Breaking the Glass at a Jewish Wedding

There are a variety of modern interpretations of this popular custom.

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Of all the symbolic acts of a Jewish wedding, perhaps the most well-known and well-loved is breaking the glass. After a series of blessings, the wedding ceremony’s serious mood lifts when the groom stomps on a glass–or, in some communities both bride and groom stomp together. Then boom, shouts of mazel tov, the ceremony is over, and it’s time to get this party started!

As with many symbolic acts in Judaism, a host of reasons are offered to explain why we break a glass (or two) at a Jewish wedding. Here is a collection of some modern interpretations. All of these are variants, in some way, of the idea that joy must always be tempered.

In planning their wedding ceremony, couples can ask their officiant to mention, just before the breaking of the glass, an interpretation that resonates with them. Or they can write about their interpretation of choice in a wedding program.

·         A common explanation is that breaking the glass is a symbol of the destruction of the Temple in Jerusalem. In keeping with this interpretation, some couples recite the line “If I forget thee o Jerusalem” just before the stomp. This biblical line includes a pledge to “set Jerusalem above my highest joy.”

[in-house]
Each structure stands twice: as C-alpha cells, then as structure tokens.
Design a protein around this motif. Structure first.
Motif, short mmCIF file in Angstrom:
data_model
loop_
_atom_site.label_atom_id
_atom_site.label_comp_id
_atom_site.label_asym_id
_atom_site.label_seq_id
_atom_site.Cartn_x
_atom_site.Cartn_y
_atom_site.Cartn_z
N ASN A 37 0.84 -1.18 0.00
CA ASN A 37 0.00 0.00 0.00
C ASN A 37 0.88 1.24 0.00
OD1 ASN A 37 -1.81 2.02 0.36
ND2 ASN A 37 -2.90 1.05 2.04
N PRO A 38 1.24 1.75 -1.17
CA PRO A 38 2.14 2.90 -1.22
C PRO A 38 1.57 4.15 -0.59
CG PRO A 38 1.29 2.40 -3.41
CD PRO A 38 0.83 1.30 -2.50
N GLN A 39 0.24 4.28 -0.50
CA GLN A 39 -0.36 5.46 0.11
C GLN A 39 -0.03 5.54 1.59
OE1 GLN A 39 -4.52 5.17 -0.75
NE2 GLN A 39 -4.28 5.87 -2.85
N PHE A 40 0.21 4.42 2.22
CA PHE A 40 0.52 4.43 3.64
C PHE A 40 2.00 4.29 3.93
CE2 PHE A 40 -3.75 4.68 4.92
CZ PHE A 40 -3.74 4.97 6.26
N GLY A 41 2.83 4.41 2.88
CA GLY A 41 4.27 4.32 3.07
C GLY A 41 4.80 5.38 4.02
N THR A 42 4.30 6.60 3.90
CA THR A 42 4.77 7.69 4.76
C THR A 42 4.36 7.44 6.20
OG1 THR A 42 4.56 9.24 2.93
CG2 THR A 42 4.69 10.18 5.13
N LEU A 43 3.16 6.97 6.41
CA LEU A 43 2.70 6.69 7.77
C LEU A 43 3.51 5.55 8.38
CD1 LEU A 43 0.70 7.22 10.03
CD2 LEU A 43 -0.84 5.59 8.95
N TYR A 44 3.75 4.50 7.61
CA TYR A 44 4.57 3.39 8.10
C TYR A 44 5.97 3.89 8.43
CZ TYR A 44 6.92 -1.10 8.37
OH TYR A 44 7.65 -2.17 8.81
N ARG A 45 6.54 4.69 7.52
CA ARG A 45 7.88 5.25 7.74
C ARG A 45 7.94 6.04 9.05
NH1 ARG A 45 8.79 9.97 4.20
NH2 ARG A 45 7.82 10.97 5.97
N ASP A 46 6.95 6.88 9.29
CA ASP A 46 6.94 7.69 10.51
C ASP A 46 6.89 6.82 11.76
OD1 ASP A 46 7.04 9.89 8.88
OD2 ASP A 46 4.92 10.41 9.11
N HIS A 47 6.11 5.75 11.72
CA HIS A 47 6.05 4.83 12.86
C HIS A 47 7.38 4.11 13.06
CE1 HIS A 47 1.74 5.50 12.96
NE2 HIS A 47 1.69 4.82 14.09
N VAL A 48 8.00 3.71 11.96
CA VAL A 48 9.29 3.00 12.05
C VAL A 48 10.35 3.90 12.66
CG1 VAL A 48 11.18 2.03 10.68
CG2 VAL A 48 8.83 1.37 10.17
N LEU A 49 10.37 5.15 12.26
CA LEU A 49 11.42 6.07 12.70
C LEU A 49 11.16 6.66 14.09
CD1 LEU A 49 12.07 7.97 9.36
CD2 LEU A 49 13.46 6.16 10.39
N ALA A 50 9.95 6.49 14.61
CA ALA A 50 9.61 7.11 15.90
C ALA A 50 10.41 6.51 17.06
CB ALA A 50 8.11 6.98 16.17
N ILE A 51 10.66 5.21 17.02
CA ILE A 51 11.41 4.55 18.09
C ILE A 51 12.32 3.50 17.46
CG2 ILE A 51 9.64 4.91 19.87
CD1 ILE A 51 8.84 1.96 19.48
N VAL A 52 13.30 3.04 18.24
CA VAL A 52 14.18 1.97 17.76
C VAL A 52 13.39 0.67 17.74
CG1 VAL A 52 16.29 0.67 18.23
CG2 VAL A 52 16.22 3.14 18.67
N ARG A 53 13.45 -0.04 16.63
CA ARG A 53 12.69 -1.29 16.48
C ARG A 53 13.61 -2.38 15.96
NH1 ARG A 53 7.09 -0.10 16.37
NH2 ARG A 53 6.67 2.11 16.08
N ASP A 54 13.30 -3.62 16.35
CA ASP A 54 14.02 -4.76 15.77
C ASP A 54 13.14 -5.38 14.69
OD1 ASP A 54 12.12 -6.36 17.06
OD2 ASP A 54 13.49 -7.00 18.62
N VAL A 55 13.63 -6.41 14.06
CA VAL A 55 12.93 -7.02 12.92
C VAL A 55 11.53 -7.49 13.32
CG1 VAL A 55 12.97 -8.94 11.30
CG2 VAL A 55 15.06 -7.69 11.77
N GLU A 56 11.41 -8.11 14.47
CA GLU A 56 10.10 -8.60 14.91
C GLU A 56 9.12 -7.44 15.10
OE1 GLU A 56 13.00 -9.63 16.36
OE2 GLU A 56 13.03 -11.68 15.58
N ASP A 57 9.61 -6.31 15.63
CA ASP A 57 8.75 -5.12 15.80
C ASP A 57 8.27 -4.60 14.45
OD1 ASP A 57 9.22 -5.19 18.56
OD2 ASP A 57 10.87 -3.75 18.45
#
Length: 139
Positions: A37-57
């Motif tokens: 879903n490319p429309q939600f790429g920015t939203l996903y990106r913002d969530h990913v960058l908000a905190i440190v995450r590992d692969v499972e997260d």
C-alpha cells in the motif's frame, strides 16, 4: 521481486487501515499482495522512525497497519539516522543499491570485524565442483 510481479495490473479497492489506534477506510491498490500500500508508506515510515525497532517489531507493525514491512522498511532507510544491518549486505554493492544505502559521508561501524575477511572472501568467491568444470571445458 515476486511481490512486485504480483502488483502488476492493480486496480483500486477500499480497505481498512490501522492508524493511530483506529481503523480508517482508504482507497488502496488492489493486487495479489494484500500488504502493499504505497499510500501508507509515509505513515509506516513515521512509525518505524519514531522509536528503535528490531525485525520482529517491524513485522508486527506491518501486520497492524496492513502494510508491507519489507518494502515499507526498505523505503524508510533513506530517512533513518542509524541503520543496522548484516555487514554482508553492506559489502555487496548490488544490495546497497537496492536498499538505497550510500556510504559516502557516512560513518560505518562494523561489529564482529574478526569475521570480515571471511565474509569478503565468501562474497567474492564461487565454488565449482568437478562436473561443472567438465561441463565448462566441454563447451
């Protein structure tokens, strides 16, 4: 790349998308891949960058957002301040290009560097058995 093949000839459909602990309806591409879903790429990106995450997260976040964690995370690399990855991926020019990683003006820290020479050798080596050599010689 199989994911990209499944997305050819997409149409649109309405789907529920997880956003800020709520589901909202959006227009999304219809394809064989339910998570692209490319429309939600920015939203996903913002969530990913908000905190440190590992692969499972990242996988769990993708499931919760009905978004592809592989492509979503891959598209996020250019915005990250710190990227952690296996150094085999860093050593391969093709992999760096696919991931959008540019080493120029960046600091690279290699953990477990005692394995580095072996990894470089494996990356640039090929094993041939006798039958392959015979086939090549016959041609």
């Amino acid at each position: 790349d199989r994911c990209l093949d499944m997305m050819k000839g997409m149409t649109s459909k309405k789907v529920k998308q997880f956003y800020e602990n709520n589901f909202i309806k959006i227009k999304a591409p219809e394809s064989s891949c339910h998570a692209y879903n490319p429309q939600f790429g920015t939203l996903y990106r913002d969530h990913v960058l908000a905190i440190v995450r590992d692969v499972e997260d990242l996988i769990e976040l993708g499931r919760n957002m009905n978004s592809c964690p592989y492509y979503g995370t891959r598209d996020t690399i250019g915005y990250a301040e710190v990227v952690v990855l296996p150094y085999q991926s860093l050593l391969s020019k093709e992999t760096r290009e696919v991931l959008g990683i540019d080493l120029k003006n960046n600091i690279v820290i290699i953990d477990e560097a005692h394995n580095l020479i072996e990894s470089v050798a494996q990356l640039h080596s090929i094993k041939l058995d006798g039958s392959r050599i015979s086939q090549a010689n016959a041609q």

·         Breaking the glass can remind a marrying couple that life holds sorrow as well as joy. Standing under their marriage canopy a bride and groom are at the pinnacle of happiness; breaking the glass reminds them of their commitment to each other also in future hard times.

·         A broken glass can symbolize what is broken in society.  At this point in the ceremony, some couples choose to focus their energies and prayers on a specific kind of brokenness they wish to repair, for example social and economic inequality, or marriage inequality.

·         A more mystical explanation is that the glass represents the couple and that just as the glass, when it is broken, enters a state from which it will never emerge, it is the hope of the community that this couple will never emerge from their married state.

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Shoshanna Lockshin is a former editor at MyJewishLearning.com.

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